What Is Analysis?

Do you think?  

If you think, then you perform analysis.  You analyze things, situations, people, data, information, all sorts of things to make decisions.  Analysis is a form of thinking, a detailed examination of something so that you can understand it.  Analysis is a fundamental part of thinking.

Can you draw?  

I am sure that you can draw – even if it is just stick figures and simple shapes.  We all can draw.  We draw to show the carpenter how we want the window to look or draw charts to show our boss how something works.  

Do you draw well?  If I asked you to draw a picture of your spouse, youngest child, or your favorite car, what would it look like?  Could you draw well enough that somebody else could look at it and recognize the subject of the drawing?

Me neither.

We admire people who can draw, sketch and paint things that are pleasing to the eye.  We call them artists, a skill mixed with a talent.  Part of the package is teachable; another part depends on talent, and a big part on patience and drive.  We call people who are good at the art of drawing artists.  While we are all capable of drawing, not all of us are artists.

The same holds true with analysis.  Not all of us are good at it.  Just because we are capable of analysis means that we are good at it.  In fact, I argue that most people don’t put in the effort to be good.  We all are capable of analysis, but few are really analysts.

I believe that analysis is an art.  Like drawing, or painting, we can practice on our own and maybe develop the skills to be ok.  With training we can get better.  Unlike drawing or painting, I think that all of us, with enough training and practice, can be fair analysts.  However, like drawing and painting, when someone has a talent for analysis, they become masters of the art.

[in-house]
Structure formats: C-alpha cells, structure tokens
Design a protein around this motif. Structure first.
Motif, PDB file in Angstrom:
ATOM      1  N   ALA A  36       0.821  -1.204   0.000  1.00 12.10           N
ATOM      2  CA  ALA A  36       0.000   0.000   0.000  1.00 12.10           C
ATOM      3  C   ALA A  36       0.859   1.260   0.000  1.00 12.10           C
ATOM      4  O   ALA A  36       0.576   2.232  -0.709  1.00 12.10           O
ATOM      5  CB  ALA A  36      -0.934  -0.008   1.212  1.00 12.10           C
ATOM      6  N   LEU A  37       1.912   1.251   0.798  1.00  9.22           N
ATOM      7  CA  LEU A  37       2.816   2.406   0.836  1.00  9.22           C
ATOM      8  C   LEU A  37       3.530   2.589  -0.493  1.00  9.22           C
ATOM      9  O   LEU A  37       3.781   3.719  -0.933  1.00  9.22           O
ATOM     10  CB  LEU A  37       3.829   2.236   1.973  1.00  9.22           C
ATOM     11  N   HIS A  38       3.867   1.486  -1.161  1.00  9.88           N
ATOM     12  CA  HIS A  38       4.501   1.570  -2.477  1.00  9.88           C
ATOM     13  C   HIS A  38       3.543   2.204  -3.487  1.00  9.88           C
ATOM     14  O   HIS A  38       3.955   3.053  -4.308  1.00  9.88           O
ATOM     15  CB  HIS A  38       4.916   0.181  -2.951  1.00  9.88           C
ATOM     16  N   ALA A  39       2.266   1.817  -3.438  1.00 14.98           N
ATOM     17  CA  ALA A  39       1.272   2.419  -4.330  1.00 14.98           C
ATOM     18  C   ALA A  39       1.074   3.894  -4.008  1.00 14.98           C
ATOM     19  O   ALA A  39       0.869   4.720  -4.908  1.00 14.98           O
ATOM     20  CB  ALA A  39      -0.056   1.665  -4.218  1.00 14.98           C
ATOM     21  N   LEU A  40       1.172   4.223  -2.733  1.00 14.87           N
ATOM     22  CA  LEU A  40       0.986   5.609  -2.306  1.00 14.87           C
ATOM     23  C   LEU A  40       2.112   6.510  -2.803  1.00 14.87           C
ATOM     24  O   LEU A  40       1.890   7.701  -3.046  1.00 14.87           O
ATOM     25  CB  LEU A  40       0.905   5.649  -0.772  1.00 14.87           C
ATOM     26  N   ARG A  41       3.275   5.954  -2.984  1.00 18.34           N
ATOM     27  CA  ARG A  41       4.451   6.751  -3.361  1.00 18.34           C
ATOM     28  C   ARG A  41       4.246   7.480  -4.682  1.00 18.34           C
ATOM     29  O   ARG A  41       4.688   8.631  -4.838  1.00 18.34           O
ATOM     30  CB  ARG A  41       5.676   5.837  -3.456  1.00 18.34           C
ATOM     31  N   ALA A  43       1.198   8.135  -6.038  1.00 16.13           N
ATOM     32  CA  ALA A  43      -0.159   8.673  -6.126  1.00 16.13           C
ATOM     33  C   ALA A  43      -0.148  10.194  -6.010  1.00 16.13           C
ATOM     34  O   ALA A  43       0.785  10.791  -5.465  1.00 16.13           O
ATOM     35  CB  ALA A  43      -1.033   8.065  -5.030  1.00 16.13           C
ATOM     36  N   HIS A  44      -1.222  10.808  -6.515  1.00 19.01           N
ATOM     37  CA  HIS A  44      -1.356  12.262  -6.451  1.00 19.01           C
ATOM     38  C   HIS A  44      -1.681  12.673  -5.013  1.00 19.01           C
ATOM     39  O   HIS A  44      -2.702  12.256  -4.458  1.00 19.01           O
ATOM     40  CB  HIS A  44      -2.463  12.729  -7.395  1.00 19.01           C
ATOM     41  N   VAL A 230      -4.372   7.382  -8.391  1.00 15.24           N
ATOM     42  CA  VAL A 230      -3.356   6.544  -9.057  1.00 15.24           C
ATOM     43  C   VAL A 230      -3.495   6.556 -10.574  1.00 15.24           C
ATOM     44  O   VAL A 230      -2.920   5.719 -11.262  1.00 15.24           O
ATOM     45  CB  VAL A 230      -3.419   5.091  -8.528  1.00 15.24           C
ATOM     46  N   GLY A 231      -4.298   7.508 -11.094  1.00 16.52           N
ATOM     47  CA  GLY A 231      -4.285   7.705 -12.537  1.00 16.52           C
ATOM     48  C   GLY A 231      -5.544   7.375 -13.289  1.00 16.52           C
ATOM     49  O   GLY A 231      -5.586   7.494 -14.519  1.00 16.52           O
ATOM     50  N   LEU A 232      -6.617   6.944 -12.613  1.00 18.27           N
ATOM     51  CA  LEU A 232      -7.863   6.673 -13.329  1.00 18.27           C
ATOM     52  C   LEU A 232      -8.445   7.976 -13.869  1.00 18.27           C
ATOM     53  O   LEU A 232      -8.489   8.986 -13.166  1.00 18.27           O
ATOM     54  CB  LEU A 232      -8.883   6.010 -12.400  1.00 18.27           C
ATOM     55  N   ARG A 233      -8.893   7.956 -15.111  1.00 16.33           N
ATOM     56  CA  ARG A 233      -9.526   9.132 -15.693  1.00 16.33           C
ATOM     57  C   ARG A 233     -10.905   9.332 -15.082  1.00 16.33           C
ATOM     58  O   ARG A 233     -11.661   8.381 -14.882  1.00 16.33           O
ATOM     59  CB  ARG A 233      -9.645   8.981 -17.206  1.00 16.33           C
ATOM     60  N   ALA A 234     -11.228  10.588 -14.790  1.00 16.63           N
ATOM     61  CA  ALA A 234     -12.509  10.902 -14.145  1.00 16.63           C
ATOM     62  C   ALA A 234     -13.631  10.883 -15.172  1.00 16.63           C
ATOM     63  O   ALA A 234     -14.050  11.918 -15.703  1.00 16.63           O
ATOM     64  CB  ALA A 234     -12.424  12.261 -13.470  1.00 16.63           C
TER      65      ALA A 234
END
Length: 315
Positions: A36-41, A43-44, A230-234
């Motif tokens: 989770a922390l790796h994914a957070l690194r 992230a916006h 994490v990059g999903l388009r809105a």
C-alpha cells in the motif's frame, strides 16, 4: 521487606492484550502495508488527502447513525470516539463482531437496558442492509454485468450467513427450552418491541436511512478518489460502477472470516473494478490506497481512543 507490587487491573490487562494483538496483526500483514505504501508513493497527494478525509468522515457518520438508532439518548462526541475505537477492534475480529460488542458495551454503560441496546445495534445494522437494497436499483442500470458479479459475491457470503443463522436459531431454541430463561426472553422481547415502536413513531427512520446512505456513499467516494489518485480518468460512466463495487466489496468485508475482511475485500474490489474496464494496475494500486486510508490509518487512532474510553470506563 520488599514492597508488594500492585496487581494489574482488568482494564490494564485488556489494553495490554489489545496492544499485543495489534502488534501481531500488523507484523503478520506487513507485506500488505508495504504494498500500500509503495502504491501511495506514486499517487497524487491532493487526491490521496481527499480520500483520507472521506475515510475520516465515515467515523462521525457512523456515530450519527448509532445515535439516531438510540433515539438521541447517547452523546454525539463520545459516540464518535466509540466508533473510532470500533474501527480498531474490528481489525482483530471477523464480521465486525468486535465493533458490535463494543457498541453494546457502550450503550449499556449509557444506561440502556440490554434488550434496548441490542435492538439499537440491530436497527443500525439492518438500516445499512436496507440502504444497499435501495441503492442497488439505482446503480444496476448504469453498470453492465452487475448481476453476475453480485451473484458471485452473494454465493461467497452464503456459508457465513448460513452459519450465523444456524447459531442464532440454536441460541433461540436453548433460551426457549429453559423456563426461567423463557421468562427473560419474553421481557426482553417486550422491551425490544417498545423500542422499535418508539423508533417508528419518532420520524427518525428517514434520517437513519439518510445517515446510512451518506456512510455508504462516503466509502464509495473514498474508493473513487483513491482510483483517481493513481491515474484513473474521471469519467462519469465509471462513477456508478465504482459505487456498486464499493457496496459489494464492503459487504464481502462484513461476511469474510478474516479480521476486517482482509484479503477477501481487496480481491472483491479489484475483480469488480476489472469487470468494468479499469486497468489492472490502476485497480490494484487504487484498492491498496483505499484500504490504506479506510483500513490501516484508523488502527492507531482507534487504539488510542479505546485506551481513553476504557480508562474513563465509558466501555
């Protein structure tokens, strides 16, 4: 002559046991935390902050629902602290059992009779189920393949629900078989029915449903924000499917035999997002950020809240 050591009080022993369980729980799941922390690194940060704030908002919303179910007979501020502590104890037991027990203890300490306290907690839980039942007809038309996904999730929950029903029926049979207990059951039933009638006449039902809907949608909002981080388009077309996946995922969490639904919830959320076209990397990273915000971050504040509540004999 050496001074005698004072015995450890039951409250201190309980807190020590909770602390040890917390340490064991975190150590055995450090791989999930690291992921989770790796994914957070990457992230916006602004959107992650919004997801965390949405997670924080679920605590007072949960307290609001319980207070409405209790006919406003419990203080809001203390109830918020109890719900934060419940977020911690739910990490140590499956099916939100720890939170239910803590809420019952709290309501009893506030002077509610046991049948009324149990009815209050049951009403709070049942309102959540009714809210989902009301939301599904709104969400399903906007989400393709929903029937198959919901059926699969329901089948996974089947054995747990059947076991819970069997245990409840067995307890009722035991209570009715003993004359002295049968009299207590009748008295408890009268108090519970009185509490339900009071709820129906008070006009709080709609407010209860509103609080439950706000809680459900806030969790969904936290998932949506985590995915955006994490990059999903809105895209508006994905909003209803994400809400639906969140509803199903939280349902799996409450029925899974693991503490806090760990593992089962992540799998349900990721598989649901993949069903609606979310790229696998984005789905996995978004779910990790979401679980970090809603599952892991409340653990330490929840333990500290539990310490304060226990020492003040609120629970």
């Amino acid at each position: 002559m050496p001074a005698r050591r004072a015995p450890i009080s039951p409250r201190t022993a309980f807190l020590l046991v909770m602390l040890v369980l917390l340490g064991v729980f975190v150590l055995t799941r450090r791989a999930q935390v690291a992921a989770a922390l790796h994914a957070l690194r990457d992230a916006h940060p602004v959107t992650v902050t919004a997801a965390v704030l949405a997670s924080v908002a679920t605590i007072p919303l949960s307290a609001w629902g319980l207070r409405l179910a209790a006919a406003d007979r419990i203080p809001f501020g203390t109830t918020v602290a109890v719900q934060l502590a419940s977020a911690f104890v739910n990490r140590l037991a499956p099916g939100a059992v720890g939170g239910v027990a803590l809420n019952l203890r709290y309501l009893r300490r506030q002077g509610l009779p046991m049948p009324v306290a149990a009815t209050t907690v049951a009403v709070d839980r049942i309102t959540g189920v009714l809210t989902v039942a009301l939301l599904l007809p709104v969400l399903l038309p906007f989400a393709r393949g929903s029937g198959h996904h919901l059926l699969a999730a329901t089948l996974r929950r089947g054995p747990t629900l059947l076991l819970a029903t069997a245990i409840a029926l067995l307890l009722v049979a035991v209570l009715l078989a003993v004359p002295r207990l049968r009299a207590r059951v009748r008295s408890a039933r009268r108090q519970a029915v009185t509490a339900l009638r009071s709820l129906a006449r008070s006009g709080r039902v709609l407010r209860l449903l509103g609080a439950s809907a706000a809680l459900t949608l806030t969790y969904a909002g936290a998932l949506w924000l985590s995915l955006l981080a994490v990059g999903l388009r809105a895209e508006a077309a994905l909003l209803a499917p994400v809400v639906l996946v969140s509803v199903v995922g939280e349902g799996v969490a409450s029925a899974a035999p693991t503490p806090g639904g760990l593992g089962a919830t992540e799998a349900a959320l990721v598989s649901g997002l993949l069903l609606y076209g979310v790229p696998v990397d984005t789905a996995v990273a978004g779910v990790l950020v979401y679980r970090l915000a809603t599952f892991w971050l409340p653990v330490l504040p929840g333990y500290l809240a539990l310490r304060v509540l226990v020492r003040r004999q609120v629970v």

This whole section of WATP focuses on Analysis.  Our mission is to provide our readers a chance to see the work of others, to explain the art of analysis in a way that you have some training to leverage.  Just reading and watching the material is not enough to become good, you must apply what you read and see, you must practice, because it is only through practice that you can master the skill.

I am an analyst.  For most of my life, I asked questions to understand the world around me.  Naturally curious about how things work, as a kid I pestered adults to tell me what they were doing, and why.  I pestered repairman, carpenters, telephone linemen, firemen, police officers, it did not matter, I asked questions.  I watched what they did, building my observational skills.  I took things apart and put them back together again to understand how they worked; sometimes getting them back together and working the first time.  I learned how to use tools, like spreadsheets and databases to study data.  I learned math to help make the data understandable.  I studied physics, accounting, psychology and history, all so I could understand the world and the interrelationships.      

Am I a master analyst?  Perhaps I am.  I know that many of my clients think that I am.

Can you learn to be a better analyst from me?  Perhaps you can.  That is the mission of this section of the Practitioners site.  This is a work in progress as we add more content about the art of analysis.  Read the articles, study the models, take the tests and quizzes.  We will continue to add more content here every week.